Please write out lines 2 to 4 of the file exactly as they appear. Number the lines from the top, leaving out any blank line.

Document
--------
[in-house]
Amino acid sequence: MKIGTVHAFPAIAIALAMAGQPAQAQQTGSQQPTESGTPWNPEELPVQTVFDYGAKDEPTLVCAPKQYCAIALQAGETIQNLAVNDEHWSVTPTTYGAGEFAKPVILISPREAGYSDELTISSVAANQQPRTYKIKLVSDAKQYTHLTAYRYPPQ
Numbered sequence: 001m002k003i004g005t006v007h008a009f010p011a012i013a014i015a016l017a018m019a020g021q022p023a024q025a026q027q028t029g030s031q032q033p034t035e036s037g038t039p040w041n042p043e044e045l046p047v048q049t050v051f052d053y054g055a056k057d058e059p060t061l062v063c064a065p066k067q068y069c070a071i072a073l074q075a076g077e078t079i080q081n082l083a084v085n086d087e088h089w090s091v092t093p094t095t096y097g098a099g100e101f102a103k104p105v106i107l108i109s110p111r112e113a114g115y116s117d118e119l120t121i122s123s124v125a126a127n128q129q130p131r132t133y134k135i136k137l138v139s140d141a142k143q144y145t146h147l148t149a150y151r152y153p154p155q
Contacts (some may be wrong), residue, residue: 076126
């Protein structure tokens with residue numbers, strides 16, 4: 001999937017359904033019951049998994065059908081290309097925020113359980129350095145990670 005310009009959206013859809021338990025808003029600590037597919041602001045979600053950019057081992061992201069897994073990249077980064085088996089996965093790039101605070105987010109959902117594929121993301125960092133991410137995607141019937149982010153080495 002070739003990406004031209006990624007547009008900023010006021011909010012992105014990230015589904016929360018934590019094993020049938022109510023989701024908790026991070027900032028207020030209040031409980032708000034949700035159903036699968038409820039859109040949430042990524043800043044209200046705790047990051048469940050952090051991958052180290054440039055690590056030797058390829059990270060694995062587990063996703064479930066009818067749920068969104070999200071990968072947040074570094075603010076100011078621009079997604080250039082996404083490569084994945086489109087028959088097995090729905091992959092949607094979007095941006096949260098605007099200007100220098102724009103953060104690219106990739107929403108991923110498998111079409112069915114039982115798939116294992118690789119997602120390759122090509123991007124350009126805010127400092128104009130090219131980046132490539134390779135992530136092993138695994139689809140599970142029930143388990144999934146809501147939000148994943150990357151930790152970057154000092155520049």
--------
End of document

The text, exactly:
Amino acid sequence: MKIGTVHAFPAIAIALAMAGQPAQAQQTGSQQPTESGTPWNPEELPVQTVFDYGAKDEPTLVCAPKQYCAIALQAGETIQNLAVNDEHWSVTPTTYGAGEFAKPVILISPREAGYSDELTISSVAANQQPRTYKIKLVSDAKQYTHLTAYRYPPQ
Numbered sequence: 001m002k003i004g005t006v007h008a009f010p011a012i013a014i015a016l017a018m019a020g021q022p023a024q025a026q027q028t029g030s031q032q033p034t035e036s037g038t039p040w041n042p043e044e045l046p047v048q049t050v051f052d053y054g055a056k057d058e059p060t061l062v063c064a065p066k067q068y069c070a071i072a073l074q075a076g077e078t079i080q081n082l083a084v085n086d087e088h089w090s091v092t093p094t095t096y097g098a099g100e101f102a103k104p105v106i107l108i109s110p111r112e113a114g115y116s117d118e119l120t121i122s123s124v125a126a127n128q129q130p131r132t133y134k135i136k137l138v139s140d141a142k143q144y145t146h147l148t149a150y151r152y153p154p155q
Contacts (some may be wrong), residue, residue: 076126